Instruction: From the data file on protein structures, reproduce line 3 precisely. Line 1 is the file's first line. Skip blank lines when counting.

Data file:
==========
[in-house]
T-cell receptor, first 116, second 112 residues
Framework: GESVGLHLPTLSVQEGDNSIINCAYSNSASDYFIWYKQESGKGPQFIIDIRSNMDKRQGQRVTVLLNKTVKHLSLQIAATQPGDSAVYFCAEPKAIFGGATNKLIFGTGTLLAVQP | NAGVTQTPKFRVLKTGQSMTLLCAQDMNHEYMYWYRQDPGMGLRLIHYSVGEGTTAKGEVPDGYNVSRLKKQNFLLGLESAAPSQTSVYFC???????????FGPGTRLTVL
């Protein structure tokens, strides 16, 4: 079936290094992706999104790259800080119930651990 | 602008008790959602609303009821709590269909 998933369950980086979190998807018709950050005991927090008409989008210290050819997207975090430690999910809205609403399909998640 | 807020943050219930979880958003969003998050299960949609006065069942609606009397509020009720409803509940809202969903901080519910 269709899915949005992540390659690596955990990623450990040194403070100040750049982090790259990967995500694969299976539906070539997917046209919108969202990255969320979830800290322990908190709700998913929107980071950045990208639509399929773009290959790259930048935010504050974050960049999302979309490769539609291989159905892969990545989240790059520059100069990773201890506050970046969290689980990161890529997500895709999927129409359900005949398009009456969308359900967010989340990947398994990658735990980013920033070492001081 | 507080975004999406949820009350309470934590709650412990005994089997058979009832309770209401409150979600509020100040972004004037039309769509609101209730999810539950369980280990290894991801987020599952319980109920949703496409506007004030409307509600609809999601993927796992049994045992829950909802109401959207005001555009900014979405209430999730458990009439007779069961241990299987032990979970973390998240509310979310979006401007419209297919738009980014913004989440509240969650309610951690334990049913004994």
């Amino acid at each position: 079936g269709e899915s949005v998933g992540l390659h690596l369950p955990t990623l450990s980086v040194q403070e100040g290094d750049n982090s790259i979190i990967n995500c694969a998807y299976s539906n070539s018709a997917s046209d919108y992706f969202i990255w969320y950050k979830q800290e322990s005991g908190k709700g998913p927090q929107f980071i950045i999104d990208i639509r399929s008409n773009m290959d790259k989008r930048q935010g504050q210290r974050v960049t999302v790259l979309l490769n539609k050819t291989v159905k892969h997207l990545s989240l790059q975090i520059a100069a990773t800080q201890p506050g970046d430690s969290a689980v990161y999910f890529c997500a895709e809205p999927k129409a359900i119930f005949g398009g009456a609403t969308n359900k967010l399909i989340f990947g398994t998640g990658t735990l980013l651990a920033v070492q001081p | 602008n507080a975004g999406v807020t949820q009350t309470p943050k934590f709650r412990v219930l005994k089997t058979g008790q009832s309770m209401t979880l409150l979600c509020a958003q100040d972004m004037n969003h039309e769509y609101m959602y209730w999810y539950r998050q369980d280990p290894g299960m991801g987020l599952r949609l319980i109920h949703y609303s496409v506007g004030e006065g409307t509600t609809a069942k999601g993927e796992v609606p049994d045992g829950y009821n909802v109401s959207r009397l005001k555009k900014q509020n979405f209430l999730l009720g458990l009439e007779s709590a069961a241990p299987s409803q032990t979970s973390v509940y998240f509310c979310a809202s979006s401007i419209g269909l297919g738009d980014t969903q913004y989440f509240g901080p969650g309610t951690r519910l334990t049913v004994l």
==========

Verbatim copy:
Framework: GESVGLHLPTLSVQEGDNSIINCAYSNSASDYFIWYKQESGKGPQFIIDIRSNMDKRQGQRVTVLLNKTVKHLSLQIAATQPGDSAVYFCAEPKAIFGGATNKLIFGTGTLLAVQP | NAGVTQTPKFRVLKTGQSMTLLCAQDMNHEYMYWYRQDPGMGLRLIHYSVGEGTTAKGEVPDGYNVSRLKKQNFLLGLESAAPSQTSVYFC???????????FGPGTRLTVL